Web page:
Gluten Intolerance vs. Celiac: Is There a Difference?

Gluten intolerance and Celiac disease are often used interchangeably, but the reality is that they are quite different in how they impact the body.

Eating a healthy diet is essential to maintaining good health, but it is also important to understand how your body reacts to specific foods.


Gluten is a molecule that some people can have a hard time with. Below is a closer look at two of the more common issues individuals may have with gluten and what they entail.

What is Gluten Intolerance?

Food intolerances are conditions where an individual has a difficult time digesting a particular kind of food or specific molecule within the food. The inability to digest the food can result in gastrointestinal problems such as gas, bloating, nausea, constipation, and abdominal pain.


Many people confuse food intolerance with a food allergy. Still, the reality is that food intolerance is very different from a food allergy.An intolerance typically only has gastrointestinal involvement.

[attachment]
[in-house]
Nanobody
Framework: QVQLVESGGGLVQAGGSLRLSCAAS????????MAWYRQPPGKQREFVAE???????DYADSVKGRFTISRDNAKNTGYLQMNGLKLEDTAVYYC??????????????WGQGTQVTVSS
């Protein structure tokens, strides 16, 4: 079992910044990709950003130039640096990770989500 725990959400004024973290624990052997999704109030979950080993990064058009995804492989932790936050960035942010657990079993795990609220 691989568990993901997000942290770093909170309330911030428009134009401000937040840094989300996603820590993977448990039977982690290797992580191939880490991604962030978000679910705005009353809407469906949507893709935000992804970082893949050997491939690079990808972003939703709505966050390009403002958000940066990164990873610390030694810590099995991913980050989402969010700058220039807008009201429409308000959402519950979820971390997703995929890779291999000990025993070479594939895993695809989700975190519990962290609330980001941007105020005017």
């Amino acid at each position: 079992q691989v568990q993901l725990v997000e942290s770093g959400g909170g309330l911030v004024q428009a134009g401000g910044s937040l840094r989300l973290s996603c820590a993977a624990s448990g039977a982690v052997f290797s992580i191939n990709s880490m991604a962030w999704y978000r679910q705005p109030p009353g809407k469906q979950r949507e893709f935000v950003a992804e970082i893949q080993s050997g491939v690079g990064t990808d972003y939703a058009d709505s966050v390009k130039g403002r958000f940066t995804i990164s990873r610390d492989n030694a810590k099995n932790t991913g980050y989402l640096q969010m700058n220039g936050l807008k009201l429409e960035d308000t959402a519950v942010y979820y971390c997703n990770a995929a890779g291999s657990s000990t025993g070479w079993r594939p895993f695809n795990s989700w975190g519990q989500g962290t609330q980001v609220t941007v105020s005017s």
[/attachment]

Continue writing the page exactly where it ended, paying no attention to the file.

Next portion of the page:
Meanwhile, an allergy such as a wheat allergy would result in an allergic reaction with more serious symptoms, including anaphylaxis, hives, difficulty breathing, and other life-threatening conditions.


One of the most common food intolerances is lactose intolerance which makes it difficult for individuals to digest dairy products properly. While the most common, there are many molecules the body can have trouble digesting, including gluten.


Gluten intolerance is estimated to impact about 6% of the United States population, resulting in a large number of people having difficulty digesting wheat.

What Are the Symptoms of Gluten Intolerance?

When it comes to food sensitivities and intolerance, there are a number of different symptoms that can arise. Two individuals with the same sensitivity can experience it in very different ways.